Enterprises need to educate employees about BYOD risks
BYOD continues to pose more and more support and security challenges for the enterprise.
Problems identified by the survey include support for personally owned devices is more difficult than it is for company-supplied devices, the cost of managing mobile devices can increase, content management becomes more difficult, network and application security are placed at higher risk and corporate governance can become very difficult to manage.
This is certainly not the first survey that finds misgivings about BYOD among enterprises, and it won't be the last. In Europe, as a whole, 28 percent of enterprises allow BYOD, compared with 34 percent in North America and 48 percent in Oceania (Australia and New Zealand), according to a survey of 4,500 ISACA members.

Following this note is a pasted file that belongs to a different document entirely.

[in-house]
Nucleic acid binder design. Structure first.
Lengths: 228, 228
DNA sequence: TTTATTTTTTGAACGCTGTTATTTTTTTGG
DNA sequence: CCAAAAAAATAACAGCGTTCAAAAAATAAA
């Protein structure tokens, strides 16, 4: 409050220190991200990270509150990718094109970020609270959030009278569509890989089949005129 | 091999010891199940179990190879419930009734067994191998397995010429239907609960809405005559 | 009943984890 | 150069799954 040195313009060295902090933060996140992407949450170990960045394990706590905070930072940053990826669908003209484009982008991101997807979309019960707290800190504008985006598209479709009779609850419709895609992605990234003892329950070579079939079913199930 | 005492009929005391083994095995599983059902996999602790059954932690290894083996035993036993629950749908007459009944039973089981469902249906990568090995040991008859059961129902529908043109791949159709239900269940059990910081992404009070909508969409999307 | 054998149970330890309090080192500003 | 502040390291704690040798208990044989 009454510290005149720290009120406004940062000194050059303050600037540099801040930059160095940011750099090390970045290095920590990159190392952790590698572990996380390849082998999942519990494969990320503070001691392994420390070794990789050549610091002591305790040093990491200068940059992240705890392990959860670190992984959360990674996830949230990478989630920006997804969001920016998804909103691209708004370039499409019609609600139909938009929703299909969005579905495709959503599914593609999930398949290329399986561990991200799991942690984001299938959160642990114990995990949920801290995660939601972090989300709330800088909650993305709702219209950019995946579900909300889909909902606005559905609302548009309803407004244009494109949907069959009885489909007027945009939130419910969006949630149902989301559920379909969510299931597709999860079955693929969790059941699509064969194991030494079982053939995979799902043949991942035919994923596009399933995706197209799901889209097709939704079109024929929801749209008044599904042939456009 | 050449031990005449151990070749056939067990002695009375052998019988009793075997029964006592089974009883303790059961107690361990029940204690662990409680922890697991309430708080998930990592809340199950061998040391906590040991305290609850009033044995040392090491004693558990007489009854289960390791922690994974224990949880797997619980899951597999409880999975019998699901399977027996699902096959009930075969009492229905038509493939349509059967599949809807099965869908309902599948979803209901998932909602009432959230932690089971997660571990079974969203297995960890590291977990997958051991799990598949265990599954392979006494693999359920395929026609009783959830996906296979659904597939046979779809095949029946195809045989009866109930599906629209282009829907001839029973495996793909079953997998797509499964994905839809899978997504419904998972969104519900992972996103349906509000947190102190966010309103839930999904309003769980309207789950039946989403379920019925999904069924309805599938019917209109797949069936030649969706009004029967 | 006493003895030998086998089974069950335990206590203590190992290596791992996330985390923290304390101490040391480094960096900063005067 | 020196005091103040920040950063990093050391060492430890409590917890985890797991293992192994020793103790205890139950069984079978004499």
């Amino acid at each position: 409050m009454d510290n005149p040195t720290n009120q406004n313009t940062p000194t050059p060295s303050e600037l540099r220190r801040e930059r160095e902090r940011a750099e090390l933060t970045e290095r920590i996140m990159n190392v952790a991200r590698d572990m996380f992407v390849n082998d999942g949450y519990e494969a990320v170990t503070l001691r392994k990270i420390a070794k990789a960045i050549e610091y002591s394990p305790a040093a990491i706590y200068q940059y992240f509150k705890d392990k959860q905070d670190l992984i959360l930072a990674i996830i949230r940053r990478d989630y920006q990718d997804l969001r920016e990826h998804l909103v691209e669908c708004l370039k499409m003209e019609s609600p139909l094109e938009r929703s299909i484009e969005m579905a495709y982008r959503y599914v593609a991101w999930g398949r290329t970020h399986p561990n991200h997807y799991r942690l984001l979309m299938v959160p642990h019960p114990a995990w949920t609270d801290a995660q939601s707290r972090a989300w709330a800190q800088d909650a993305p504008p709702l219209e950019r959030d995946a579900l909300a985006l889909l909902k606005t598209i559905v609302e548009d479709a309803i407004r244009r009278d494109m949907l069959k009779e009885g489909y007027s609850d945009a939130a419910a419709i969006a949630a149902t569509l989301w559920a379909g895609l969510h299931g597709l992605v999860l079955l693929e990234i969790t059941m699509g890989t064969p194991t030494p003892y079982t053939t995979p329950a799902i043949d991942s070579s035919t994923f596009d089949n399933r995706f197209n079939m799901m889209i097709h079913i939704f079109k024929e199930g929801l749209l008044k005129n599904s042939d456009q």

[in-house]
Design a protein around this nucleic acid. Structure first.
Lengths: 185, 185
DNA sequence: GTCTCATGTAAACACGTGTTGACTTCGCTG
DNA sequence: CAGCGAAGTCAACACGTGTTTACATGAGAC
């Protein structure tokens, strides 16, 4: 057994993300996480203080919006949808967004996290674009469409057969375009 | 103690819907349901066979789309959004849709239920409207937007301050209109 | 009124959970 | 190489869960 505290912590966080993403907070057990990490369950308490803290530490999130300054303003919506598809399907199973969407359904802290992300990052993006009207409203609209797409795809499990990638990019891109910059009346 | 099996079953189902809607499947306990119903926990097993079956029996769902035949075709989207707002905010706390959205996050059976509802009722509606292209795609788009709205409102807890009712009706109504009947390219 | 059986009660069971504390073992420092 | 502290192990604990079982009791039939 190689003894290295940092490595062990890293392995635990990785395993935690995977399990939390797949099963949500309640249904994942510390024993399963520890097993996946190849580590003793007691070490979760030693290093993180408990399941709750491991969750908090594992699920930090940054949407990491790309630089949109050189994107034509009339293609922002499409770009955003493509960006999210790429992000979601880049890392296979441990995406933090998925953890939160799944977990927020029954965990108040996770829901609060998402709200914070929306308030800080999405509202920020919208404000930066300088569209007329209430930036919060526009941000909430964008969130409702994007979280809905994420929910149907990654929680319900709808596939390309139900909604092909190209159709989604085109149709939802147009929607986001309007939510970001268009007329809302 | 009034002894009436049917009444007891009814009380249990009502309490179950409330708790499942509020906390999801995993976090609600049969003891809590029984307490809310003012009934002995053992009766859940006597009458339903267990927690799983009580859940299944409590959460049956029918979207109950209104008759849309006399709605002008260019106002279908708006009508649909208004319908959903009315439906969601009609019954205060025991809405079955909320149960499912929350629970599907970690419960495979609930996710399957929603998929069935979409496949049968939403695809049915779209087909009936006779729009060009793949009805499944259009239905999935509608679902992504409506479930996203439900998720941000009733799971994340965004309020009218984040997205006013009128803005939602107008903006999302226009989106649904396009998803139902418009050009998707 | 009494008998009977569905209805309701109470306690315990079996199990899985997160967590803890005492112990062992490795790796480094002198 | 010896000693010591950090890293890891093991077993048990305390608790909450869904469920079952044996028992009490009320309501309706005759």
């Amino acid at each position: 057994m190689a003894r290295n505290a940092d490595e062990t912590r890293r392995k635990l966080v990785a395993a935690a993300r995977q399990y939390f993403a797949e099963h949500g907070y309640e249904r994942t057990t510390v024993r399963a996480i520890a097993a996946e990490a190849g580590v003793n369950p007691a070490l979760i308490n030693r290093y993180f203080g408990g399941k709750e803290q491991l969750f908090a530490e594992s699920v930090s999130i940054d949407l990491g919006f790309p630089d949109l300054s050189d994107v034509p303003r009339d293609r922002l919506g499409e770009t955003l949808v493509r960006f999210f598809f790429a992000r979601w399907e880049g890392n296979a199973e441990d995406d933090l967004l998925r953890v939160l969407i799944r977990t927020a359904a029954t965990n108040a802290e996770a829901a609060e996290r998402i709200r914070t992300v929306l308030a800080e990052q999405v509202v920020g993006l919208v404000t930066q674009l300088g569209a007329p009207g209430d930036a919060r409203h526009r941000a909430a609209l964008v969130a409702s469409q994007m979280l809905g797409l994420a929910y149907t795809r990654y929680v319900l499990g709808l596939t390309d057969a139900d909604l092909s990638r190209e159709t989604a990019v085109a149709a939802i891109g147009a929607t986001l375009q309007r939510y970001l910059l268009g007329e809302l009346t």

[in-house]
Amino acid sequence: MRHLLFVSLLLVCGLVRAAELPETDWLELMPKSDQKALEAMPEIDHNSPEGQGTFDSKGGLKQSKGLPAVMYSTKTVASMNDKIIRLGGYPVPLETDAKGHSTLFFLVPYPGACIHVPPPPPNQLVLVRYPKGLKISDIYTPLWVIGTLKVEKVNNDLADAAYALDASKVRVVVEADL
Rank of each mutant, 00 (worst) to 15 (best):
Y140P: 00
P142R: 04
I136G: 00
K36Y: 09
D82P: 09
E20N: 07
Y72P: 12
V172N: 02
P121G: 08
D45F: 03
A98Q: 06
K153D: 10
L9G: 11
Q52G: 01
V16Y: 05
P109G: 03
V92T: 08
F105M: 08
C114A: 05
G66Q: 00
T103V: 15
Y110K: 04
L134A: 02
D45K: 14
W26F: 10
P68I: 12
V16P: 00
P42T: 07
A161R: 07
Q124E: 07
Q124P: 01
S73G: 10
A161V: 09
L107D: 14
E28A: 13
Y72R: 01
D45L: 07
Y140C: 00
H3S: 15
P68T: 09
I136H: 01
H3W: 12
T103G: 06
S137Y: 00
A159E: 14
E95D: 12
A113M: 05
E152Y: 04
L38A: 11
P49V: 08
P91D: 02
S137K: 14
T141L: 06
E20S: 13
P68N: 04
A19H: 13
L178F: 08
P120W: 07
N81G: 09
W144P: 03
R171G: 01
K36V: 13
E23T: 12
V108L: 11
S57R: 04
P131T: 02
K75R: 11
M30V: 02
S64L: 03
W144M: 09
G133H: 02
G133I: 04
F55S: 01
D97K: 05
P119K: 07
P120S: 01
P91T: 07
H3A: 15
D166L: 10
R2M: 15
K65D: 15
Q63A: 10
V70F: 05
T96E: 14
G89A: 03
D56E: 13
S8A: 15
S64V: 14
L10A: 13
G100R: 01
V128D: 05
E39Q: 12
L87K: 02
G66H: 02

A full 40 percent of U.K. respondents to the ISACA survey said that their enterprises prohibit the use of personal devices at work, while 23 percent said their enterprises allow BYOD.
In the United States, even where acceptance of BYOD is growing, IT departments continue to express their frustrations. A recent survey of 477 IT executives, conducted by Wi-Fi provider iPass and mobile device management firm MobileIron, found that IT executives are growing increasingly frustrated about the rising costs from employees bringing their own devices to work and their lack of control over mobility budgets.
Despite the support costs and security risks, more than two in five organizations have yet to develop a formal, documented policy for BYOD, the Osterman survey found.
A security strategy or plan is essential to prevent the BYOD trend from becoming the bring-your-mobile-malware to work.
The bottom line is that personal mobile devices in the enterprise are here to stay. Technology might provide part of the solution to improve security. But the best strategy for enterprises is to make mobile devices as secure as possible is through strong BYOD policies and by educating employees about the risks. -- Fred